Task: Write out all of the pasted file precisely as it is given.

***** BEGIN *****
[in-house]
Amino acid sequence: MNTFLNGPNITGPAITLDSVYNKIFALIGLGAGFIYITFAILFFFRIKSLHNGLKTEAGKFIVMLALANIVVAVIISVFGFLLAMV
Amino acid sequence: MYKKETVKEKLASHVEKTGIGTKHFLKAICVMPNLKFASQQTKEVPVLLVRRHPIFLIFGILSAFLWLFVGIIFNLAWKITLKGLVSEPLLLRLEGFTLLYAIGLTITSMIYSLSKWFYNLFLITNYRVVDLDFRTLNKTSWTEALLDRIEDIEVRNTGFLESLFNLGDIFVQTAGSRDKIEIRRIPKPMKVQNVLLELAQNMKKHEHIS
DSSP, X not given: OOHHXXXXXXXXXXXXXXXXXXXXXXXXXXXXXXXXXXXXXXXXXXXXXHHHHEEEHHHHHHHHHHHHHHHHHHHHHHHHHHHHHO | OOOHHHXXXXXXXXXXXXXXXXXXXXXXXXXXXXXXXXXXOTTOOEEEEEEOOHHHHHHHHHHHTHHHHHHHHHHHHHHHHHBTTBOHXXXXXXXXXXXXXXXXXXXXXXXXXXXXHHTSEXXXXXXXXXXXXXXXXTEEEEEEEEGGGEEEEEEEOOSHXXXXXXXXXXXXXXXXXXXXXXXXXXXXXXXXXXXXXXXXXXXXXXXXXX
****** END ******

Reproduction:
[in-house]
Amino acid sequence: MNTFLNGPNITGPAITLDSVYNKIFALIGLGAGFIYITFAILFFFRIKSLHNGLKTEAGKFIVMLALANIVVAVIISVFGFLLAMV
Amino acid sequence: MYKKETVKEKLASHVEKTGIGTKHFLKAICVMPNLKFASQQTKEVPVLLVRRHPIFLIFGILSAFLWLFVGIIFNLAWKITLKGLVSEPLLLRLEGFTLLYAIGLTITSMIYSLSKWFYNLFLITNYRVVDLDFRTLNKTSWTEALLDRIEDIEVRNTGFLESLFNLGDIFVQTAGSRDKIEIRRIPKPMKVQNVLLELAQNMKKHEHIS
DSSP, X not given: OOHHXXXXXXXXXXXXXXXXXXXXXXXXXXXXXXXXXXXXXXXXXXXXXHHHHEEEHHHHHHHHHHHHHHHHHHHHHHHHHHHHHO | OOOHHHXXXXXXXXXXXXXXXXXXXXXXXXXXXXXXXXXXOTTOOEEEEEEOOHHHHHHHHHHHTHHHHHHHHHHHHHHHHHBTTBOHXXXXXXXXXXXXXXXXXXXXXXXXXXXXHHTSEXXXXXXXXXXXXXXXXTEEEEEEEEGGGEEEEEEEOOSHXXXXXXXXXXXXXXXXXXXXXXXXXXXXXXXXXXXXXXXXXXXXXXXXXX